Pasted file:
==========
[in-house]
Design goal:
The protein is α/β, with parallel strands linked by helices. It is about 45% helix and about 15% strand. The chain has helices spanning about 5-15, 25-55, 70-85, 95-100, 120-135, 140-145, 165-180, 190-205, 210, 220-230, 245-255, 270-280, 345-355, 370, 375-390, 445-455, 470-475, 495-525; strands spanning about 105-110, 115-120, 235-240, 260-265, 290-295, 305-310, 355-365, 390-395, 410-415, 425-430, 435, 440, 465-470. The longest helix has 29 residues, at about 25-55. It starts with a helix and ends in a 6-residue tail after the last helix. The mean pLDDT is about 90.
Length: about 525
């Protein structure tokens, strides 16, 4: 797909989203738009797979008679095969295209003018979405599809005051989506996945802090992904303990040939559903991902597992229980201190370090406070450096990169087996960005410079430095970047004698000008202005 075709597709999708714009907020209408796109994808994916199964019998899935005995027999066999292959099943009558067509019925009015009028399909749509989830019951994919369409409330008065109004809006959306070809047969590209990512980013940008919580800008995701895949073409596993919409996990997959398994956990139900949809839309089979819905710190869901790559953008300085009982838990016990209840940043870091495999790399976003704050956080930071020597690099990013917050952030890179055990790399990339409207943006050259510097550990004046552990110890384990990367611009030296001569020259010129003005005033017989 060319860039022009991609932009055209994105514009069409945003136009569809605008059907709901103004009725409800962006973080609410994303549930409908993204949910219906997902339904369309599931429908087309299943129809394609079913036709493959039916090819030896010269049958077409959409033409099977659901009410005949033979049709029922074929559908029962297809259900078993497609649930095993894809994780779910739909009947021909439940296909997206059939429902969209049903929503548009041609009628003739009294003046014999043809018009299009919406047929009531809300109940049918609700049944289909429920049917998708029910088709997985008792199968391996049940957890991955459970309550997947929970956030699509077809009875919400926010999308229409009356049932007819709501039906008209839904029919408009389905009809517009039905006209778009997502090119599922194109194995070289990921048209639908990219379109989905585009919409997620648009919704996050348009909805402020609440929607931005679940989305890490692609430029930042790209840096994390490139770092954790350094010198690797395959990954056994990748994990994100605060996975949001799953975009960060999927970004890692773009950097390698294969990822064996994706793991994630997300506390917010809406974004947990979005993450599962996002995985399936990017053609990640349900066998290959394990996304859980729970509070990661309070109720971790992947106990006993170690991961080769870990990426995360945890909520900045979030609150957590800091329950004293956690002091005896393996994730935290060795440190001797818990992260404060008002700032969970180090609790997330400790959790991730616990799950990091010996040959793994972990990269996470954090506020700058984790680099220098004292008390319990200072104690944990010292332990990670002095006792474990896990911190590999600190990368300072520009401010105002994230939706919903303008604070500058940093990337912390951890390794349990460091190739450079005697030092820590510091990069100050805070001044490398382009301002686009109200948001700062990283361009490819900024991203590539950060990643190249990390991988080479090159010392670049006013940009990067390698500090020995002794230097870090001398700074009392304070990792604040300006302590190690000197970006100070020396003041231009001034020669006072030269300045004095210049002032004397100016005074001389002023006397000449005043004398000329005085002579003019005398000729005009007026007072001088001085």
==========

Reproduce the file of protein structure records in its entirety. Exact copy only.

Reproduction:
[in-house]
Design goal:
The protein is α/β, with parallel strands linked by helices. It is about 45% helix and about 15% strand. The chain has helices spanning about 5-15, 25-55, 70-85, 95-100, 120-135, 140-145, 165-180, 190-205, 210, 220-230, 245-255, 270-280, 345-355, 370, 375-390, 445-455, 470-475, 495-525; strands spanning about 105-110, 115-120, 235-240, 260-265, 290-295, 305-310, 355-365, 390-395, 410-415, 425-430, 435, 440, 465-470. The longest helix has 29 residues, at about 25-55. It starts with a helix and ends in a 6-residue tail after the last helix. The mean pLDDT is about 90.
Length: about 525
């Protein structure tokens, strides 16, 4: 797909989203738009797979008679095969295209003018979405599809005051989506996945802090992904303990040939559903991902597992229980201190370090406070450096990169087996960005410079430095970047004698000008202005 075709597709999708714009907020209408796109994808994916199964019998899935005995027999066999292959099943009558067509019925009015009028399909749509989830019951994919369409409330008065109004809006959306070809047969590209990512980013940008919580800008995701895949073409596993919409996990997959398994956990139900949809839309089979819905710190869901790559953008300085009982838990016990209840940043870091495999790399976003704050956080930071020597690099990013917050952030890179055990790399990339409207943006050259510097550990004046552990110890384990990367611009030296001569020259010129003005005033017989 060319860039022009991609932009055209994105514009069409945003136009569809605008059907709901103004009725409800962006973080609410994303549930409908993204949910219906997902339904369309599931429908087309299943129809394609079913036709493959039916090819030896010269049958077409959409033409099977659901009410005949033979049709029922074929559908029962297809259900078993497609649930095993894809994780779910739909009947021909439940296909997206059939429902969209049903929503548009041609009628003739009294003046014999043809018009299009919406047929009531809300109940049918609700049944289909429920049917998708029910088709997985008792199968391996049940957890991955459970309550997947929970956030699509077809009875919400926010999308229409009356049932007819709501039906008209839904029919408009389905009809517009039905006209778009997502090119599922194109194995070289990921048209639908990219379109989905585009919409997620648009919704996050348009909805402020609440929607931005679940989305890490692609430029930042790209840096994390490139770092954790350094010198690797395959990954056994990748994990994100605060996975949001799953975009960060999927970004890692773009950097390698294969990822064996994706793991994630997300506390917010809406974004947990979005993450599962996002995985399936990017053609990640349900066998290959394990996304859980729970509070990661309070109720971790992947106990006993170690991961080769870990990426995360945890909520900045979030609150957590800091329950004293956690002091005896393996994730935290060795440190001797818990992260404060008002700032969970180090609790997330400790959790991730616990799950990091010996040959793994972990990269996470954090506020700058984790680099220098004292008390319990200072104690944990010292332990990670002095006792474990896990911190590999600190990368300072520009401010105002994230939706919903303008604070500058940093990337912390951890390794349990460091190739450079005697030092820590510091990069100050805070001044490398382009301002686009109200948001700062990283361009490819900024991203590539950060990643190249990390991988080479090159010392670049006013940009990067390698500090020995002794230097870090001398700074009392304070990792604040300006302590190690000197970006100070020396003041231009001034020669006072030269300045004095210049002032004397100016005074001389002023006397000449005043004398000329005085002579003019005398000729005009007026007072001088001085």